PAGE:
Me: My nonna used to make spaghetti pancakes, so I’m going to consider these legal. It’s not like I’ve made a hot dog stuffed pizza crust.
FPE: Oh, the horror! That shouldn’t even be called pizza.
Me: We’re getting off topic. Before we started talking about pizza I meant to tell you that you need to cook these pancakes for a little longer than your classic breakfast pancakes. Since the batter’s quite thick they need more time to cook through.
FPE: Couldn’t you have just made the batter thinner?
Me: Yes, but I wanted the pasta to be completely engulfed in batter. Otherwise you’d be left with a batch of pancakes with random bits of pasta sticking out. Plus, I love tall pancakes.
FPE: Mmmm, me too. Now I think about it, this stack of cheesy pancakes would make a good dinner or side dish for Pancake Day.
Me: Of course, Pancake Day! When is that again?
FPE: February 9! How could you forget!?
Me: Sorry, my brain’s clearly asleep. You know, you could also have these as a snack during the Super Bowl, which is a whole two days before Pancake Day.
FPE: Ugh, football!
Me: Yeah, I’m not a fan either. I just like the half-time show… and the snacks. Speaking of which, would you like to try some of these macaroni and cheese pancakes now?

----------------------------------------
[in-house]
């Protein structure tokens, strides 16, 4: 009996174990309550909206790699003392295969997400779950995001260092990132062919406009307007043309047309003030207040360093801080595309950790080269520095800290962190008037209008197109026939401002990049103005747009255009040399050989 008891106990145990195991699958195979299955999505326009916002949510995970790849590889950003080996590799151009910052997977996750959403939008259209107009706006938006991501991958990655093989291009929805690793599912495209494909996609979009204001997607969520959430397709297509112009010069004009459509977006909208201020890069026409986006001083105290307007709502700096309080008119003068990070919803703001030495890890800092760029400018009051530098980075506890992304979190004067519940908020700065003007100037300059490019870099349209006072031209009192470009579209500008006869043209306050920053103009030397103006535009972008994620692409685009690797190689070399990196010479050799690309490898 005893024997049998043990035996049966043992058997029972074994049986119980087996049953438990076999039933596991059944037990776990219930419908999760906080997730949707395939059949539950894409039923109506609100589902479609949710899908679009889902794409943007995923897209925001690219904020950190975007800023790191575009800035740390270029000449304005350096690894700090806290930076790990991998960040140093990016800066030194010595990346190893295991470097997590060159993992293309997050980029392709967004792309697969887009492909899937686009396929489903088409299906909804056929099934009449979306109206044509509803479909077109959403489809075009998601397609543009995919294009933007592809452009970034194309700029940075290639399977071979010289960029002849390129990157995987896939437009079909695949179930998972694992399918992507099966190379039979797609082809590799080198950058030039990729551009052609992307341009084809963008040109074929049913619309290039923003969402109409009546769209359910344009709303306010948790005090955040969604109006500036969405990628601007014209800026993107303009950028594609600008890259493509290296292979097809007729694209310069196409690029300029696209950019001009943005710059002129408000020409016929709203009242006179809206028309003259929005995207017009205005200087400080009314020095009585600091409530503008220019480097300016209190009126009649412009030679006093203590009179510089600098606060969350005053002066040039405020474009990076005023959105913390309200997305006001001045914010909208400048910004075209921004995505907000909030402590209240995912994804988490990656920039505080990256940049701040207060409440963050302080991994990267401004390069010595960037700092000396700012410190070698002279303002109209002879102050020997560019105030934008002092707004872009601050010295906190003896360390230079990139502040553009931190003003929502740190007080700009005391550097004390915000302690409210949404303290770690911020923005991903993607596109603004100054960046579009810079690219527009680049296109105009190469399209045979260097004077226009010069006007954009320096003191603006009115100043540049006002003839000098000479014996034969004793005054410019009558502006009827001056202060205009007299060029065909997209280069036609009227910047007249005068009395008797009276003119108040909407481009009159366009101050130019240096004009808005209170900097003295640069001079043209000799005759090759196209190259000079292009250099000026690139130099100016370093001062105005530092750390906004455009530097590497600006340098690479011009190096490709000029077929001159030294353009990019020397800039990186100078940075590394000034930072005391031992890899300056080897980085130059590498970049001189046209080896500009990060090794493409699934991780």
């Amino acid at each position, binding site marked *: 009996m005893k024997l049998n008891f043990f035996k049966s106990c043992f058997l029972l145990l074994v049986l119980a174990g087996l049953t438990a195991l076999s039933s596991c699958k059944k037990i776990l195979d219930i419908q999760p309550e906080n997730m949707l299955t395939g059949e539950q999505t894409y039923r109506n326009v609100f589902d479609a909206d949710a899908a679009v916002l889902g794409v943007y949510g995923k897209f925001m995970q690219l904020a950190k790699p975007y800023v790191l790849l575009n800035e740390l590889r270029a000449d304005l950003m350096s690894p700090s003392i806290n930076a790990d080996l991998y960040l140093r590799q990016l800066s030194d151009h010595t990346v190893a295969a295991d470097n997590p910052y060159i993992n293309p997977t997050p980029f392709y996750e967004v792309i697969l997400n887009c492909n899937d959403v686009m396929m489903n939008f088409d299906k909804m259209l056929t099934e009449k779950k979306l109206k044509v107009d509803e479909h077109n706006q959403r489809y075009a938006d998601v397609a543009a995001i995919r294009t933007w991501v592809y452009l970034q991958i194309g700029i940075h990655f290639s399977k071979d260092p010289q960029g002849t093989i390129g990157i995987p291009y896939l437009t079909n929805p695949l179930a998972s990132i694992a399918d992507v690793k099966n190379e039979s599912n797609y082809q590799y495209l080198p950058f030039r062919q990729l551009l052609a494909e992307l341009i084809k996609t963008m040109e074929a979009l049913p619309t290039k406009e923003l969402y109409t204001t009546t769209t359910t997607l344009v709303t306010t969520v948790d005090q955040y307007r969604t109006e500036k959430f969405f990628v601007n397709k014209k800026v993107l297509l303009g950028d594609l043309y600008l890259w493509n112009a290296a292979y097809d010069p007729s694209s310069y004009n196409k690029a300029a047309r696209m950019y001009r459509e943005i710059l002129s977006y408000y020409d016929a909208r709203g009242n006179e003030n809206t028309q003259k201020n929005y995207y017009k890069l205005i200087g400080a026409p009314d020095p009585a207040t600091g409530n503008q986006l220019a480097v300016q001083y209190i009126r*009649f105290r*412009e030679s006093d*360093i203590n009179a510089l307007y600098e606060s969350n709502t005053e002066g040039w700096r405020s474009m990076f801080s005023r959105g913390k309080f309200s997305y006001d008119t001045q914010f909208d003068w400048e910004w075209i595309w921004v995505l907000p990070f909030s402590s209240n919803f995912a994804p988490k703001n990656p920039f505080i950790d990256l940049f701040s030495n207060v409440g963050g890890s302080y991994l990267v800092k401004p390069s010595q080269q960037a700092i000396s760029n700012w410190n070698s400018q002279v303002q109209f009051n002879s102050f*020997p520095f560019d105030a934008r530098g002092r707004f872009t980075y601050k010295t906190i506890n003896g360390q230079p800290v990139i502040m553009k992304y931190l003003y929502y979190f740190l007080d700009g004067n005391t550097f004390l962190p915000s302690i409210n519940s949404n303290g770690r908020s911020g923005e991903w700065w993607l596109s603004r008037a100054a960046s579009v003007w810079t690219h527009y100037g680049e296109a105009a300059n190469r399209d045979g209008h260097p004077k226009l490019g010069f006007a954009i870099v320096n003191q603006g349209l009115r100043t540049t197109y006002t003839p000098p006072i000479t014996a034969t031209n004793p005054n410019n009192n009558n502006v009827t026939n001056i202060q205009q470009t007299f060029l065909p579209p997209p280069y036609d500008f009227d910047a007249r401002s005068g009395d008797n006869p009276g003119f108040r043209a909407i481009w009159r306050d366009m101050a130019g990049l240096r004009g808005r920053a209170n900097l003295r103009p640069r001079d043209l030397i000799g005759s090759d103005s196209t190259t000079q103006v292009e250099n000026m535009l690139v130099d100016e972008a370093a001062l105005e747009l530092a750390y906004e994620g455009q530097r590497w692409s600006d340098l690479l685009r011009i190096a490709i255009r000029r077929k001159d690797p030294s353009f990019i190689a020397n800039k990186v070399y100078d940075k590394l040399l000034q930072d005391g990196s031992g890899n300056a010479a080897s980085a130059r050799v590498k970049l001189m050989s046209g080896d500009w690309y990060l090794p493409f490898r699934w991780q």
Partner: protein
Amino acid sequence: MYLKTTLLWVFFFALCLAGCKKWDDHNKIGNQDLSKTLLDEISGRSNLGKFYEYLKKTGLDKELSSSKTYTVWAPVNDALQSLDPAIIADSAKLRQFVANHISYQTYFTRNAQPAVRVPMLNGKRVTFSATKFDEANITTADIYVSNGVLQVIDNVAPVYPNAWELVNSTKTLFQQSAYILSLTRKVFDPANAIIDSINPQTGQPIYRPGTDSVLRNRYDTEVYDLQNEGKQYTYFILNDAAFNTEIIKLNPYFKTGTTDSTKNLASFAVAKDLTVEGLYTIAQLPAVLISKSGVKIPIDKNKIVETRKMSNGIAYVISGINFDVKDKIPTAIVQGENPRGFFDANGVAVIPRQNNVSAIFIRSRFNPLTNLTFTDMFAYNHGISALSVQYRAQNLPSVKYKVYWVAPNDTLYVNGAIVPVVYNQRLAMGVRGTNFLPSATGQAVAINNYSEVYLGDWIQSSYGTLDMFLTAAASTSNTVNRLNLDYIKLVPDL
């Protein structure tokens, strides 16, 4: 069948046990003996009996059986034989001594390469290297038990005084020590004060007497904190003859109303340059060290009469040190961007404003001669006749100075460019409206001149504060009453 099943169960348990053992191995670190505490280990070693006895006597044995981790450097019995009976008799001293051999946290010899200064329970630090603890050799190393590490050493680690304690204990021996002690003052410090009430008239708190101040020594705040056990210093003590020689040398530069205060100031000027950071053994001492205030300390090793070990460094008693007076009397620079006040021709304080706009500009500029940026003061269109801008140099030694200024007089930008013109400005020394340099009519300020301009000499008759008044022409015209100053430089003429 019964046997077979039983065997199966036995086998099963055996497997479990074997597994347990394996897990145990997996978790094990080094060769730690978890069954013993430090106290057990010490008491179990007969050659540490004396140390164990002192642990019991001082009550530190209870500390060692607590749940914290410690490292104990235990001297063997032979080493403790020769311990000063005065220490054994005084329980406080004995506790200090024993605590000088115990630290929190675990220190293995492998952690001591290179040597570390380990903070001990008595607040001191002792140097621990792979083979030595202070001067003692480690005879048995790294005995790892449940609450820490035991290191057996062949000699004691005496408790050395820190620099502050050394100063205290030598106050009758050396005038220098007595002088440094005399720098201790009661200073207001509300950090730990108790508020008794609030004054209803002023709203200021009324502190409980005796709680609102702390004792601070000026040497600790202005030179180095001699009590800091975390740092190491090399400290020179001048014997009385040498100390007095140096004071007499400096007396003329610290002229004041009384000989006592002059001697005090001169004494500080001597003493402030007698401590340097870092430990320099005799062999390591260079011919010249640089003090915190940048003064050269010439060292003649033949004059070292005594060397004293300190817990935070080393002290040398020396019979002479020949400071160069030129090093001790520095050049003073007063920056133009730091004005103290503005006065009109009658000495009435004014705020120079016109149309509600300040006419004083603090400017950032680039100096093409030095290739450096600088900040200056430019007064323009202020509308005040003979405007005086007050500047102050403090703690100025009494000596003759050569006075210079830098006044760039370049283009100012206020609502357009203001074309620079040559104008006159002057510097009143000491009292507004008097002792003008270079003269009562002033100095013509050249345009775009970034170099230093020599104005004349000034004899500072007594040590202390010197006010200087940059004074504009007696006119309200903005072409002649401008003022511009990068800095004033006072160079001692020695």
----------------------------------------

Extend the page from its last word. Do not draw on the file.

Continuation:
FPE: Yes, but the ones you made have been sitting there for ages while we’ve been babbling on. We need to make another batch!
Me: Then grab a mixing bowl, and let’s get cooking!
- ¼ cup (25g) oat flour
- ¼ cup (30g) all purpose flour
- 1 teaspoon baking powder
- Salt and pepper
- 2 large eggs
- ¼ cup (60g) cottage cheese
- ¼ cup (60g) mashed butternut squash
- ¼ cup (60mL) milk
- ¼ cup (20g) shredded cheddar cheese
- 2 tablespoons (10g) finely grated parmesan cheese
- 1 cup (80g) cooked macaroni
- Fresh or roasted tomatoes
- In a bowl, combine the oat flour, all purpose flour, baking powder and a few pinches of salt and pepper. Mix well.
- In another bowl, whisk the eggs with a fork. Add the cottage cheese, mashed butternut squash, milk, cheddar cheese and parmesan cheese. Whisk until the cottage cheese is relatively well incorporated, although some lumps are perfectly fine.
- Pour the dry ingredients (the flour mixture) into the wet ingredients (the egg mixture). Mix until just combined. Gently stir in the macaroni.
- Refrigerate the batter for 15 minutes.
- Preheat a skillet over medium-low heat. Grease with cooking oil spray, and then add a scant ¼ cup of batter for each pancake. Use the back of a spoon to shape the pancakes into circles.
- Cook the pancakes for about 3 minutes, or until bubbles appear and burst on the surface. Flip, and cook for 2 minutes on the other side. Adjust the stove heat as needed.
- Serve the pancakes with some fresh or roasted tomatoes.
You can make your own oat flour by whirling some rolled oats (or quick-cooking oats) in a coffee grinder (or food processor) until they resemble a fine flour.
Cook the butternut squash any way you like before mashing. Roasted squash is the most flavorsome, but boiled or even microwaved squash will do in a pinch.
Ideally, cook your macaroni for 1 - 2 minutes less than the packet instructions. Any type of short pasta should work here - I used cavatappi (corkscrews), which are a type of curly macaroni.